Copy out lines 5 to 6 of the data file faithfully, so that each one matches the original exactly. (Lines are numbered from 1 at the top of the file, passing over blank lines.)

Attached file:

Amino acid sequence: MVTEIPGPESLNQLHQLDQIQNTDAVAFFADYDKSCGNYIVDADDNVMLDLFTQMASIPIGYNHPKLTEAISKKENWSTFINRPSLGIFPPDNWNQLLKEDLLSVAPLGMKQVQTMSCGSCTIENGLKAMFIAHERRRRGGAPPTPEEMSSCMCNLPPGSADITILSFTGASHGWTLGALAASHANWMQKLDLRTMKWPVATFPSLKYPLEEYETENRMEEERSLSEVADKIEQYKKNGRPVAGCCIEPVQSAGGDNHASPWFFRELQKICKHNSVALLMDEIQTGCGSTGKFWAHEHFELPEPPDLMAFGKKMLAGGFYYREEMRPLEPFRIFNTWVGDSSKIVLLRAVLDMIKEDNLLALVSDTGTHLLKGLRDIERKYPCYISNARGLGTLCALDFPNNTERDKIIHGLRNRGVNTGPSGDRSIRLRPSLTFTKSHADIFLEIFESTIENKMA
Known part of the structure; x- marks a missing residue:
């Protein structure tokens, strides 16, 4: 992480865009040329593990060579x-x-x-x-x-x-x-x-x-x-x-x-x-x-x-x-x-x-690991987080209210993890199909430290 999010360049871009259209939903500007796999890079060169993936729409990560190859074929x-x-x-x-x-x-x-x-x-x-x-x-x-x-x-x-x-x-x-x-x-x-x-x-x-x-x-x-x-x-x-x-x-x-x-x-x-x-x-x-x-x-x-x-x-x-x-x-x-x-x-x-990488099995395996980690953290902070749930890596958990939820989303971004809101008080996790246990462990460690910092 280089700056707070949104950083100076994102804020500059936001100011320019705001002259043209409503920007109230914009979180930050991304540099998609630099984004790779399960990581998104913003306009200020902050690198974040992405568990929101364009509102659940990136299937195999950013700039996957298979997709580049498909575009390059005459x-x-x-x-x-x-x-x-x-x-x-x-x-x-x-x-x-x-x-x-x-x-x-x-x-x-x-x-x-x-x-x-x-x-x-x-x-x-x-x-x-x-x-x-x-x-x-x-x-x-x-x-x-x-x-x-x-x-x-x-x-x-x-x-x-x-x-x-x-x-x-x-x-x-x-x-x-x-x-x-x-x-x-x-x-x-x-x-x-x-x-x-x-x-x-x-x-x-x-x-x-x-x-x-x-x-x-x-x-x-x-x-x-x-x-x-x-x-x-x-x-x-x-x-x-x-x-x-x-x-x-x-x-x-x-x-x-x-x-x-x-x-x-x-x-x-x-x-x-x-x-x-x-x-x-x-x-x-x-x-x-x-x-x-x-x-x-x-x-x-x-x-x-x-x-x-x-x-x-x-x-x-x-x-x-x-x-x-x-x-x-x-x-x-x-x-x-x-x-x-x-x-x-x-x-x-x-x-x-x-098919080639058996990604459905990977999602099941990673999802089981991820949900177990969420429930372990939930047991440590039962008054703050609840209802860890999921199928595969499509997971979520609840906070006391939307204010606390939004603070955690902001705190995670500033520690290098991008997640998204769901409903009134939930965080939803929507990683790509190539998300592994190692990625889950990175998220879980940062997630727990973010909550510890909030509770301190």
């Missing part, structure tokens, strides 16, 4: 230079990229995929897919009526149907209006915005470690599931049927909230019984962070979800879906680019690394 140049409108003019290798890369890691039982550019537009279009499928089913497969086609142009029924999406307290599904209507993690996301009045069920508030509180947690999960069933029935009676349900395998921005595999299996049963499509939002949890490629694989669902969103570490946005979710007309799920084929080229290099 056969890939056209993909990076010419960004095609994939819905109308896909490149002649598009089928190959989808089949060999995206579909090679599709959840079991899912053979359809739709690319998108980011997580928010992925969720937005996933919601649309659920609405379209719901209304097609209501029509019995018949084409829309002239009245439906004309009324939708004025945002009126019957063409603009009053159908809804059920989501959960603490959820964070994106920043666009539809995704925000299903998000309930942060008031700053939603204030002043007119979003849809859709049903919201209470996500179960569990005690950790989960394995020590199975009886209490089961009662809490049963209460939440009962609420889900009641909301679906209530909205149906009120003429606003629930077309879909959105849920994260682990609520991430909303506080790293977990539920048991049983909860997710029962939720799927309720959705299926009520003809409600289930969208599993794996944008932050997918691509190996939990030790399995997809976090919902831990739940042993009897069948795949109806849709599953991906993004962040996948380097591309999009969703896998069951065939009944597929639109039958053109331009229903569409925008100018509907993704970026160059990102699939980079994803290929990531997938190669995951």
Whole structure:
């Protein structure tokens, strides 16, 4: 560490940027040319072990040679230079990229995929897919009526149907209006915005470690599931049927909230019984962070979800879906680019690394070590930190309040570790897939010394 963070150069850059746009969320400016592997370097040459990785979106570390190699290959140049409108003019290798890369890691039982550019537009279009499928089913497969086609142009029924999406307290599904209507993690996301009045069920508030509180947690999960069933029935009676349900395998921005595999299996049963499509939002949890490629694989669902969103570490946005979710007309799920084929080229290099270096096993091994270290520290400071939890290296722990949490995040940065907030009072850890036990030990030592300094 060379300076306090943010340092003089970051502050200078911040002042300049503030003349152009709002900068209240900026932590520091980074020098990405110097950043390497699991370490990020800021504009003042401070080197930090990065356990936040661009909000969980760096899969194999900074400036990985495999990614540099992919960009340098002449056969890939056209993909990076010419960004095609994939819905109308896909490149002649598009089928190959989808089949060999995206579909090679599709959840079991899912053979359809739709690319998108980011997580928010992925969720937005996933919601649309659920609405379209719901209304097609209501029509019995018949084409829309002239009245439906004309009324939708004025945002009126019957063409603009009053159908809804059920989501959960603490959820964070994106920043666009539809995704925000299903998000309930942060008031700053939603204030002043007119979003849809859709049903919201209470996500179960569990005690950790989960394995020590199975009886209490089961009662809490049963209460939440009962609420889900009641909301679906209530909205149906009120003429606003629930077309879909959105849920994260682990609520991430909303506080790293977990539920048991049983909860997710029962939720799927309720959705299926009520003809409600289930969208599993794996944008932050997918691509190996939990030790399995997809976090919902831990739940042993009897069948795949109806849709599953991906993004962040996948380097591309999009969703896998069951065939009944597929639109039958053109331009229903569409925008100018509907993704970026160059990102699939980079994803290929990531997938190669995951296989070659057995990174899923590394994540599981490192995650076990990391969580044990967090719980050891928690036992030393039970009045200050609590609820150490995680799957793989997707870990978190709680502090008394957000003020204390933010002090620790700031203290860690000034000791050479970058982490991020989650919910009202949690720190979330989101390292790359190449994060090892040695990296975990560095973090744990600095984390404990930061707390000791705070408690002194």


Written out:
Whole structure:
């Protein structure tokens, strides 16, 4: 560490940027040319072990040679230079990229995929897919009526149907209006915005470690599931049927909230019984962070979800879906680019690394070590930190309040570790897939010394 963070150069850059746009969320400016592997370097040459990785979106570390190699290959140049409108003019290798890369890691039982550019537009279009499928089913497969086609142009029924999406307290599904209507993690996301009045069920508030509180947690999960069933029935009676349900395998921005595999299996049963499509939002949890490629694989669902969103570490946005979710007309799920084929080229290099270096096993091994270290520290400071939890290296722990949490995040940065907030009072850890036990030990030592300094 060379300076306090943010340092003089970051502050200078911040002042300049503030003349152009709002900068209240900026932590520091980074020098990405110097950043390497699991370490990020800021504009003042401070080197930090990065356990936040661009909000969980760096899969194999900074400036990985495999990614540099992919960009340098002449056969890939056209993909990076010419960004095609994939819905109308896909490149002649598009089928190959989808089949060999995206579909090679599709959840079991899912053979359809739709690319998108980011997580928010992925969720937005996933919601649309659920609405379209719901209304097609209501029509019995018949084409829309002239009245439906004309009324939708004025945002009126019957063409603009009053159908809804059920989501959960603490959820964070994106920043666009539809995704925000299903998000309930942060008031700053939603204030002043007119979003849809859709049903919201209470996500179960569990005690950790989960394995020590199975009886209490089961009662809490049963209460939440009962609420889900009641909301679906209530909205149906009120003429606003629930077309879909959105849920994260682990609520991430909303506080790293977990539920048991049983909860997710029962939720799927309720959705299926009520003809409600289930969208599993794996944008932050997918691509190996939990030790399995997809976090919902831990739940042993009897069948795949109806849709599953991906993004962040996948380097591309999009969703896998069951065939009944597929639109039958053109331009229903569409925008100018509907993704970026160059990102699939980079994803290929990531997938190669995951296989070659057995990174899923590394994540599981490192995650076990990391969580044990967090719980050891928690036992030393039970009045200050609590609820150490995680799957793989997707870990978190709680502090008394957000003020204390933010002090620790700031203290860690000034000791050479970058982490991020989650919910009202949690720190979330989101390292790359190449994060090892040695990296975990560095973090744990600095984390404990930061707390000791705070408690002194």